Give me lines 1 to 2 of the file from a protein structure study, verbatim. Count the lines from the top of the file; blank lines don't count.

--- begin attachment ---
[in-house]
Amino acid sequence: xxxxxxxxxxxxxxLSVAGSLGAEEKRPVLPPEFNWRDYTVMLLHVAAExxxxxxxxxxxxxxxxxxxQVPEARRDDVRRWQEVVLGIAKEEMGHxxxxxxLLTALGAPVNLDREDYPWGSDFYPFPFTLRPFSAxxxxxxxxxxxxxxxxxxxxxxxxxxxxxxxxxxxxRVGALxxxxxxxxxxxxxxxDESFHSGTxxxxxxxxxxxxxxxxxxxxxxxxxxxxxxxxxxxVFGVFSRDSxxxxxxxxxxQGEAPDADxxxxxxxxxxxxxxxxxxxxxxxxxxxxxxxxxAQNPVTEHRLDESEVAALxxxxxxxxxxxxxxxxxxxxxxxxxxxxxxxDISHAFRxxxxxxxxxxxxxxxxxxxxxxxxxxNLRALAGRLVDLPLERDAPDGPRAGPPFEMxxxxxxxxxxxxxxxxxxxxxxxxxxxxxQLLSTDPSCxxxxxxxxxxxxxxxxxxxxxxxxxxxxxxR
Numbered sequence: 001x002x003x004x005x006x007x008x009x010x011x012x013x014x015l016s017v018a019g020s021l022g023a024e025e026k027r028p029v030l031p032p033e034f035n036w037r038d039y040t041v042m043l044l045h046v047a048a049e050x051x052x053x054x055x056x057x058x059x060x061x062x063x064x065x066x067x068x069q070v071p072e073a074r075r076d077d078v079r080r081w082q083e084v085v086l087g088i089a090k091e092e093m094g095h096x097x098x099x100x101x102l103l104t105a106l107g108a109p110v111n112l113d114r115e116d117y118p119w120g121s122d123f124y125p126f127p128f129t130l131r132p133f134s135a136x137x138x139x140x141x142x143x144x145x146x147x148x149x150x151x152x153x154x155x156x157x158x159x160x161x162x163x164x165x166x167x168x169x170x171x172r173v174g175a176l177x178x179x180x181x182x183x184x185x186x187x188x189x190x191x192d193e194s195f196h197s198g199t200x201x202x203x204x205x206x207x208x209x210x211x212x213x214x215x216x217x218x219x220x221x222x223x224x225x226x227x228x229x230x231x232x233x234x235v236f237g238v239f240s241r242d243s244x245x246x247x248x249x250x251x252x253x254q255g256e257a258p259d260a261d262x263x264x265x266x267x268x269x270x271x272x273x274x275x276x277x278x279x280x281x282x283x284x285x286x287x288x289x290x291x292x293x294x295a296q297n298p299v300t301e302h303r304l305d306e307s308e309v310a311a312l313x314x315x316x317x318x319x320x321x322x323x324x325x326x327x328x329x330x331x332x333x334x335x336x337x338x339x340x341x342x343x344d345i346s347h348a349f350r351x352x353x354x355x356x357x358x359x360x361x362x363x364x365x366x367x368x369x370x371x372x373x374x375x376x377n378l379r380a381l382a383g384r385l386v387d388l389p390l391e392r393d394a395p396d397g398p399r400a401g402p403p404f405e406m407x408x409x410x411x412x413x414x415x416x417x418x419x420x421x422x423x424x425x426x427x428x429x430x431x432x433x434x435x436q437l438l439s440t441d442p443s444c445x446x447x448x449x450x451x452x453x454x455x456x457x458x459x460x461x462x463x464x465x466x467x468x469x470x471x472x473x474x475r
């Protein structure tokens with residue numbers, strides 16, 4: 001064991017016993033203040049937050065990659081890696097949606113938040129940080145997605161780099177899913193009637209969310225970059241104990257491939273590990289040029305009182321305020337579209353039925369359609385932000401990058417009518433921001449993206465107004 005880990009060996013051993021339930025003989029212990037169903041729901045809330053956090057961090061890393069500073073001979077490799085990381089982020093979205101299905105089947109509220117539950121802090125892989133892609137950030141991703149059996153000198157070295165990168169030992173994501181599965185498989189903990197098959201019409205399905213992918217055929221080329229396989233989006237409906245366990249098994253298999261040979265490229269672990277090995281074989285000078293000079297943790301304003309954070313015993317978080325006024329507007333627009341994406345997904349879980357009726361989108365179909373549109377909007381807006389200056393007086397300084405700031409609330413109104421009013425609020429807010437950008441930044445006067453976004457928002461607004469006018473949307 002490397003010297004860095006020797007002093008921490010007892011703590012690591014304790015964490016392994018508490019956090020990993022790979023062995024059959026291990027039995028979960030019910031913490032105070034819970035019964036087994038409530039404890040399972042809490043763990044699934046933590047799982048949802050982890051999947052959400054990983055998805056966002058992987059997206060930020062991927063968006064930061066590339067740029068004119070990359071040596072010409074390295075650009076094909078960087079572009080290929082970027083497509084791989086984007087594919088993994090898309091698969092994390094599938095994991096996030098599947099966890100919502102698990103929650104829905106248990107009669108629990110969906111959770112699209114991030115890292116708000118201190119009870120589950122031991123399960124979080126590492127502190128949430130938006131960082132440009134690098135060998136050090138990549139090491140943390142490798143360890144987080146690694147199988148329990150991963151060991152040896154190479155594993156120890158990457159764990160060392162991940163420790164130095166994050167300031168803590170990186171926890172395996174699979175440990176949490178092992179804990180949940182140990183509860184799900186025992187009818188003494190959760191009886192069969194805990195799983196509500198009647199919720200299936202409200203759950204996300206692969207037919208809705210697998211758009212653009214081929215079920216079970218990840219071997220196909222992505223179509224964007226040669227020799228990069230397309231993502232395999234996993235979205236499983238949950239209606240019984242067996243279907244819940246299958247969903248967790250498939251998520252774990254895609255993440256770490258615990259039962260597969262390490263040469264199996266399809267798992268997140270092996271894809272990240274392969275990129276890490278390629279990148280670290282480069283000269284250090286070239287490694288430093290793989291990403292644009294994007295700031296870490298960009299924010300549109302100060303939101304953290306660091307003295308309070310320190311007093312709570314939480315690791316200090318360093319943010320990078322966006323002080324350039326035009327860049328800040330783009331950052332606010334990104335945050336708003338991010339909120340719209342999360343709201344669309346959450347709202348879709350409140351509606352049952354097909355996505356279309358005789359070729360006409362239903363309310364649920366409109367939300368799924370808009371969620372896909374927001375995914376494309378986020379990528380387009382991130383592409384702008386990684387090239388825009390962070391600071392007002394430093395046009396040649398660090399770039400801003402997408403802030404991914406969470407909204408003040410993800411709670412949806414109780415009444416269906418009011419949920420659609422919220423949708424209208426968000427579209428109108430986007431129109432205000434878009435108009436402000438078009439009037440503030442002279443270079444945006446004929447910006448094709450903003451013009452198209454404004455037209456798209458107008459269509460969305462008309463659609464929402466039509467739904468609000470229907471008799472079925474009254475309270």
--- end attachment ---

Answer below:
[in-house]
Amino acid sequence: xxxxxxxxxxxxxxLSVAGSLGAEEKRPVLPPEFNWRDYTVMLLHVAAExxxxxxxxxxxxxxxxxxxQVPEARRDDVRRWQEVVLGIAKEEMGHxxxxxxLLTALGAPVNLDREDYPWGSDFYPFPFTLRPFSAxxxxxxxxxxxxxxxxxxxxxxxxxxxxxxxxxxxxRVGALxxxxxxxxxxxxxxxDESFHSGTxxxxxxxxxxxxxxxxxxxxxxxxxxxxxxxxxxxVFGVFSRDSxxxxxxxxxxQGEAPDADxxxxxxxxxxxxxxxxxxxxxxxxxxxxxxxxxAQNPVTEHRLDESEVAALxxxxxxxxxxxxxxxxxxxxxxxxxxxxxxxDISHAFRxxxxxxxxxxxxxxxxxxxxxxxxxxNLRALAGRLVDLPLERDAPDGPRAGPPFEMxxxxxxxxxxxxxxxxxxxxxxxxxxxxxQLLSTDPSCxxxxxxxxxxxxxxxxxxxxxxxxxxxxxxR